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Training program impacts and the onset of the Great Recession. [Adult sample] (Heinrich & Mueser 2014)

Citation

Heinrich, C.J., and Mueser, P. (2014). Training program impacts and the onset of the Great Recession. Columbia, MO: Department of Economics, University of Missouri-Columbia, unpublished. [Adult sample]

Highlights

  • The study’s objective was to examine whether participation in the Workforce Investment Act (WIA) Adult Program services increased participants' earnings and if so, whether those gains were greater during a recessionary period than in periods before and after the recession.
  • The authors analyzed administrative data to compare the quarterly earnings of participants receiving services through the WIA Adult Program with those of a matched comparison group that received Wagner-Peyser Employment Services (ES). The study presented impacts separately by gender and program year.
  • The study found that males and females receiving services from the WIA Adult Program from June to December 2007 (before the recession) earned more, on average, than the comparison group in some, but not all, of the 16 follow-up quarters examined. Males and females receiving services from July 2008 to June 2009 and from July 2009 to June 2010 (after the onset of the recession) tended to earn less, on average, than the comparison group in most of the 16 follow-up quarters.
  • The quality of causal evidence presented in this report is moderate because it was based on a well-implemented nonexperimental design. This means we are somewhat confident that the estimated effects are attributable to the WIA Adult Program services, but other factors might also have contributed.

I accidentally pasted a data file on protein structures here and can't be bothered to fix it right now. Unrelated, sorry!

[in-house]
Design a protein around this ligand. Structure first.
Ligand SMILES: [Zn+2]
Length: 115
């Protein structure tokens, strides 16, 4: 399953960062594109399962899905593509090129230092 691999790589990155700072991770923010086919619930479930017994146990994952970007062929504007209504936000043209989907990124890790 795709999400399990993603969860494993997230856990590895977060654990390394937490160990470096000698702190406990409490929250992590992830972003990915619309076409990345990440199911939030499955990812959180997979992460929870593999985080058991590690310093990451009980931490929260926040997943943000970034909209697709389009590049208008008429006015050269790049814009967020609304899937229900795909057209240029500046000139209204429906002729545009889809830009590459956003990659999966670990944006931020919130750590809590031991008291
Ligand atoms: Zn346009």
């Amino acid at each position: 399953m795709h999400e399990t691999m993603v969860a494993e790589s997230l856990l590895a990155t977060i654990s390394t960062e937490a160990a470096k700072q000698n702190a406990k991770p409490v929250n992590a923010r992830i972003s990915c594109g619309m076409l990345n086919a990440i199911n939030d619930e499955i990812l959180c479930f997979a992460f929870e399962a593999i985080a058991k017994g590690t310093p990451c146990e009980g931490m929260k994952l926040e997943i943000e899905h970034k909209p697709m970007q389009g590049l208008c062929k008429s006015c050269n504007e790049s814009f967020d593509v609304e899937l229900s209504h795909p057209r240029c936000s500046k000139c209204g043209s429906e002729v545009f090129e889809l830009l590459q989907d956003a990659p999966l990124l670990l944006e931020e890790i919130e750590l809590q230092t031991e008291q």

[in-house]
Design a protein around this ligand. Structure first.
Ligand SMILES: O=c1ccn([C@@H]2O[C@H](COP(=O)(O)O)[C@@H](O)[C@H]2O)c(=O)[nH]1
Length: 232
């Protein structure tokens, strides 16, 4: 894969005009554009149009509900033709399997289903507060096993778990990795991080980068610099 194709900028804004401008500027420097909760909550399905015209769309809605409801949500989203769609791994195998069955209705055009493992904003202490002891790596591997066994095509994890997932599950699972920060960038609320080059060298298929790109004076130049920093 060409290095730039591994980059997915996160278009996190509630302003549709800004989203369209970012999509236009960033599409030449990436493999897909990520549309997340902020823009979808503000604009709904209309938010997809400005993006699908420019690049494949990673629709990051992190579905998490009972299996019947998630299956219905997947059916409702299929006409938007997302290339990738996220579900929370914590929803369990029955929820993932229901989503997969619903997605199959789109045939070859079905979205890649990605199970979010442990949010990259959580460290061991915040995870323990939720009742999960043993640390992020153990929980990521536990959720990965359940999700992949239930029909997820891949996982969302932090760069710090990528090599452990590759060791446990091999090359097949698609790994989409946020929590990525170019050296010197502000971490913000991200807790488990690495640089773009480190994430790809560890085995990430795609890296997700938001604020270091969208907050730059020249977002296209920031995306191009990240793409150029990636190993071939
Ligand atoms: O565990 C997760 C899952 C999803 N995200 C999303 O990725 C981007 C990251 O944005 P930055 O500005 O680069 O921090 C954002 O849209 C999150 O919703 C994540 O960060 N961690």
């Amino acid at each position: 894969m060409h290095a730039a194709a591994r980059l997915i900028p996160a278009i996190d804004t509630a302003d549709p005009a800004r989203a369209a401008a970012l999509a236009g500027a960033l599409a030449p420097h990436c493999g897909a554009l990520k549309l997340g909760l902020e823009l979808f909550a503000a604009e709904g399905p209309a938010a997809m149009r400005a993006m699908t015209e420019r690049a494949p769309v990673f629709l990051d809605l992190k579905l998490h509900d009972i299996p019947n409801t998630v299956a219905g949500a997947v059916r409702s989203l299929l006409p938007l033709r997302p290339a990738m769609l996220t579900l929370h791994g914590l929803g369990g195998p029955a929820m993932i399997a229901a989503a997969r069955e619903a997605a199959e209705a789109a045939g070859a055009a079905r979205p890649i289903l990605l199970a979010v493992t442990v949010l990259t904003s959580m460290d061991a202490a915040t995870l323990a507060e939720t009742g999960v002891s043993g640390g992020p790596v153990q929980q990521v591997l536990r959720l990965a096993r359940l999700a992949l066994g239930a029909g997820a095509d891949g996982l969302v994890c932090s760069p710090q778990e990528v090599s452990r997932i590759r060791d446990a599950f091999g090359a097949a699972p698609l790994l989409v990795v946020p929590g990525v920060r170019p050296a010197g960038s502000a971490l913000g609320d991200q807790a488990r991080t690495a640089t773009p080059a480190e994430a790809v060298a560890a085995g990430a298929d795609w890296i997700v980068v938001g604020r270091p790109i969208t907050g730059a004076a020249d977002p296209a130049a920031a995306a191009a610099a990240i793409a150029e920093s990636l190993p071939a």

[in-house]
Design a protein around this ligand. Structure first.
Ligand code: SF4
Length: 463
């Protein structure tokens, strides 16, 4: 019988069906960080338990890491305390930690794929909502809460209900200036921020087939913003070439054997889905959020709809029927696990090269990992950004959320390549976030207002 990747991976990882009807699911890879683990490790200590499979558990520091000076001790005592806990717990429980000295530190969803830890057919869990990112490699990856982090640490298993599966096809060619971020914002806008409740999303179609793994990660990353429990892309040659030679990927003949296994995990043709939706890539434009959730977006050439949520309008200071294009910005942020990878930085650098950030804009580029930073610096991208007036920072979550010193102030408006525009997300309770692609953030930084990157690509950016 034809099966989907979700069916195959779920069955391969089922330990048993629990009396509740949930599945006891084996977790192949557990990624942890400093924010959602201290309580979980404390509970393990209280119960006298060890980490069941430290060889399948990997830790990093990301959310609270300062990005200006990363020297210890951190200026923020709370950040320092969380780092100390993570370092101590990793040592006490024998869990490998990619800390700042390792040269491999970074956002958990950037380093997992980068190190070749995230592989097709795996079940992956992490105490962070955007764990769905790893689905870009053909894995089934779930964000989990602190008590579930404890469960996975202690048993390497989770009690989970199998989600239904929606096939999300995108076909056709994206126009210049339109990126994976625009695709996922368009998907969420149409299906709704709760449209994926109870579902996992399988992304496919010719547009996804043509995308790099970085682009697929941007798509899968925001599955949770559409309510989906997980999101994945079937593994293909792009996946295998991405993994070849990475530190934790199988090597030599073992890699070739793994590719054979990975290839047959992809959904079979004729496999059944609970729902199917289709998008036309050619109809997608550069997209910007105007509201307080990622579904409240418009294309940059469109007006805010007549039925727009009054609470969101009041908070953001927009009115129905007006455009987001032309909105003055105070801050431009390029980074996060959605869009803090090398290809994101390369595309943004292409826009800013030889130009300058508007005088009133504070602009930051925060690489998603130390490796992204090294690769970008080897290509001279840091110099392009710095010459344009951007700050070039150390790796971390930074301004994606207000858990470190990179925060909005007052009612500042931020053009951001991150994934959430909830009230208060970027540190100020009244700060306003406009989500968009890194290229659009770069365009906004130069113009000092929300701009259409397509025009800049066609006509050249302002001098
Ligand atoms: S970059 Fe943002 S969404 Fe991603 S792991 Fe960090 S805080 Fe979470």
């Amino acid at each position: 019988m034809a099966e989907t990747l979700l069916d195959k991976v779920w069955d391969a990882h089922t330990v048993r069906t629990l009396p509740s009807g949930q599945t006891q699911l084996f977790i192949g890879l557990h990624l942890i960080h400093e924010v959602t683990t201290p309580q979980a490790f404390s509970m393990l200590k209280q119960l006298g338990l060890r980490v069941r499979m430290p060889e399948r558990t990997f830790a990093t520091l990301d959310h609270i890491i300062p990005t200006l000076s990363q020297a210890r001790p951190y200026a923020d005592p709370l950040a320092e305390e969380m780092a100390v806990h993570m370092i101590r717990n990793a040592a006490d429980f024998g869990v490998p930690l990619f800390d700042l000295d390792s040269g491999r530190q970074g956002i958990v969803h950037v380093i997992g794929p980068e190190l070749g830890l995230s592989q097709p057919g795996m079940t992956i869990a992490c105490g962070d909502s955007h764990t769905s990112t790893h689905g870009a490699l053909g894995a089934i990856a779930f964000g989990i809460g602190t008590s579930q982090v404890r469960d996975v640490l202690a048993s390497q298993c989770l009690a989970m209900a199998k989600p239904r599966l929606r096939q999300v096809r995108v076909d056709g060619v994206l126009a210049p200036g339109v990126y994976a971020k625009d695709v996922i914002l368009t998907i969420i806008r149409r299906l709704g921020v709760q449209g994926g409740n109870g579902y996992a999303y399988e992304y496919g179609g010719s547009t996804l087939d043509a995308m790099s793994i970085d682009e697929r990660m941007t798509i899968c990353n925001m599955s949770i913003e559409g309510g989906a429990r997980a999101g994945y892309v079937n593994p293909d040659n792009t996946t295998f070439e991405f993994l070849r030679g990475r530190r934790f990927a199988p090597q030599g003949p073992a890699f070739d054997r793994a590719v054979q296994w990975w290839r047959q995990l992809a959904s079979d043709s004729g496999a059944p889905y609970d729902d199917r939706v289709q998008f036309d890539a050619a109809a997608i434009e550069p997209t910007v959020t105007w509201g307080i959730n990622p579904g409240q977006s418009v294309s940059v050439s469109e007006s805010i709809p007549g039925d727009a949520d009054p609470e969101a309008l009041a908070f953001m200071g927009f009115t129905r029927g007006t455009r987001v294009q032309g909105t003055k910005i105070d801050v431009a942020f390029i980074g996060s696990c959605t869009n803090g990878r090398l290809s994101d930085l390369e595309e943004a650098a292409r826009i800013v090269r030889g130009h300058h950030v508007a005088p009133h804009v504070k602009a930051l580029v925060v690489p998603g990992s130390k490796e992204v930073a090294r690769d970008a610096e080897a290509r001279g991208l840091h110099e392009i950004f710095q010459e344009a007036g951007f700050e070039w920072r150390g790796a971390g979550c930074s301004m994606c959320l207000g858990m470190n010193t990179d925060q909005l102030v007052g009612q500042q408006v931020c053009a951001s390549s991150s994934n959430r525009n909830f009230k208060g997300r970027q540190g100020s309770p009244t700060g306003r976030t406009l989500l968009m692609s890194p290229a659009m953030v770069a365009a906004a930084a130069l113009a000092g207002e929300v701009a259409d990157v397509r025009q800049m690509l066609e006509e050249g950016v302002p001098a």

• The report also examined the impacts of WIA Dislocated Worker services; that profile is available here.

Intervention Examined

The Workforce Investment Act (WIA) Adult Program

Features of the Intervention

The WIA Adult Program was authorized by Title I of the Workforce Investment Act of 1998 and was superseded by the Workforce Innovation and Opportunity Act (WIOA), effective in July 2015. The Adult Program services, which remained essentially the same under WIOA, were designed to provide quality employment and training services to eligible workers. Administered through Local Workforce Investment Areas, the Adult Program served all people ages 18 years and older through core services; these included job placement assistance, skills assessments, and provision of information on the labor market, among other services. In addition, those unable to obtain a job through core services alone could receive intensive services—which included counseling and specialized assessments—and vouchers for attending training. Recipients of public assistance and other low-income participants received priority for intensive and training services in Local Workforce Investment Areas in which program funds were limited. In addition, some local areas provided supportive services such as child care, transportation, and work-related financial assistance to those who qualified.

Features of the Study